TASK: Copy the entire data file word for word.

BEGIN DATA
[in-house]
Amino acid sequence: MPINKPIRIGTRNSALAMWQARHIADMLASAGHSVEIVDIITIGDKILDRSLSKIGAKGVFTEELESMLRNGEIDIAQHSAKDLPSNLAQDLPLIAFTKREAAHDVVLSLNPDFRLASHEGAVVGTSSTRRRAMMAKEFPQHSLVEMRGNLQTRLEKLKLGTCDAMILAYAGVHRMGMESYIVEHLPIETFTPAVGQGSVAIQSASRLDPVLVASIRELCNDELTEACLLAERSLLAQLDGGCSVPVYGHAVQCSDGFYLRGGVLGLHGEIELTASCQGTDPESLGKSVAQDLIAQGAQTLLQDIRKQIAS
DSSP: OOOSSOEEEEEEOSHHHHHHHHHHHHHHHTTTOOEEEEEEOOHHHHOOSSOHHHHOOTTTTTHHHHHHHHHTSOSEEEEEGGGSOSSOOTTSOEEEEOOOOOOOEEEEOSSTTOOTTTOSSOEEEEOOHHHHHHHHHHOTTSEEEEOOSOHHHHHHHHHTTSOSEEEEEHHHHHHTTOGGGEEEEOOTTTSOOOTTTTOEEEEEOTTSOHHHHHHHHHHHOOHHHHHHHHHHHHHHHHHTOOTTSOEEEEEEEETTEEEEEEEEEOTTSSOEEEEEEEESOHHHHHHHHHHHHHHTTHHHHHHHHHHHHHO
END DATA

[in-house]
Amino acid sequence: MPINKPIRIGTRNSALAMWQARHIADMLASAGHSVEIVDIITIGDKILDRSLSKIGAKGVFTEELESMLRNGEIDIAQHSAKDLPSNLAQDLPLIAFTKREAAHDVVLSLNPDFRLASHEGAVVGTSSTRRRAMMAKEFPQHSLVEMRGNLQTRLEKLKLGTCDAMILAYAGVHRMGMESYIVEHLPIETFTPAVGQGSVAIQSASRLDPVLVASIRELCNDELTEACLLAERSLLAQLDGGCSVPVYGHAVQCSDGFYLRGGVLGLHGEIELTASCQGTDPESLGKSVAQDLIAQGAQTLLQDIRKQIAS
DSSP: OOOSSOEEEEEEOSHHHHHHHHHHHHHHHTTTOOEEEEEEOOHHHHOOSSOHHHHOOTTTTTHHHHHHHHHTSOSEEEEEGGGSOSSOOTTSOEEEEOOOOOOOEEEEOSSTTOOTTTOSSOEEEEOOHHHHHHHHHHOTTSEEEEOOSOHHHHHHHHHTTSOSEEEEEHHHHHHTTOGGGEEEEOOTTTSOOOTTTTOEEEEEOTTSOHHHHHHHHHHHOOHHHHHHHHHHHHHHHHHTOOTTSOEEEEEEEETTEEEEEEEEEOTTSSOEEEEEEEESOHHHHHHHHHHHHHHTTHHHHHHHHHHHHHO